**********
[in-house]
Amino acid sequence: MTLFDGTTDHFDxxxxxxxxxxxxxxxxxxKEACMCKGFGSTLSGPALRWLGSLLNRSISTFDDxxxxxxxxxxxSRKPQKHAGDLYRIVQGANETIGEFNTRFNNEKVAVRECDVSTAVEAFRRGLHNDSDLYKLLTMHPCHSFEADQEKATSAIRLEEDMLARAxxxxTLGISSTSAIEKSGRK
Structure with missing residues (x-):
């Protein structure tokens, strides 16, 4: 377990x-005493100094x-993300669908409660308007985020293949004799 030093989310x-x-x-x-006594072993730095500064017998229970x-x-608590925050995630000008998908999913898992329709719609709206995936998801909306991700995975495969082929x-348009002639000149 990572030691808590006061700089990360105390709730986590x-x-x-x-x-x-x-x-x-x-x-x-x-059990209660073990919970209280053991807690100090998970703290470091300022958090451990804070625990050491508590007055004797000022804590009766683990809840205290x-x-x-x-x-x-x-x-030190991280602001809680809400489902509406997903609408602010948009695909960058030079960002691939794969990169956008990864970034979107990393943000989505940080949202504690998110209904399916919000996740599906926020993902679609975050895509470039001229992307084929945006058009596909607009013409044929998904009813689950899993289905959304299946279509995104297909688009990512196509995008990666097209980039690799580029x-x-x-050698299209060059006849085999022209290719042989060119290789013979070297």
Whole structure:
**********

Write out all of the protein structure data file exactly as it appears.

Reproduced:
[in-house]
Amino acid sequence: MTLFDGTTDHFDxxxxxxxxxxxxxxxxxxKEACMCKGFGSTLSGPALRWLGSLLNRSISTFDDxxxxxxxxxxxSRKPQKHAGDLYRIVQGANETIGEFNTRFNNEKVAVRECDVSTAVEAFRRGLHNDSDLYKLLTMHPCHSFEADQEKATSAIRLEEDMLARAxxxxTLGISSTSAIEKSGRK
Structure with missing residues (x-):
């Protein structure tokens, strides 16, 4: 377990x-005493100094x-993300669908409660308007985020293949004799 030093989310x-x-x-x-006594072993730095500064017998229970x-x-608590925050995630000008998908999913898992329709719609709206995936998801909306991700995975495969082929x-348009002639000149 990572030691808590006061700089990360105390709730986590x-x-x-x-x-x-x-x-x-x-x-x-x-059990209660073990919970209280053991807690100090998970703290470091300022958090451990804070625990050491508590007055004797000022804590009766683990809840205290x-x-x-x-x-x-x-x-030190991280602001809680809400489902509406997903609408602010948009695909960058030079960002691939794969990169956008990864970034979107990393943000989505940080949202504690998110209904399916919000996740599906926020993902679609975050895509470039001229992307084929945006058009596909607009013409044929998904009813689950899993289905959304299946279509995104297909688009990512196509995008990666097209980039690799580029x-x-x-050698299209060059006849085999022209290719042989060119290789013979070297």
Whole structure: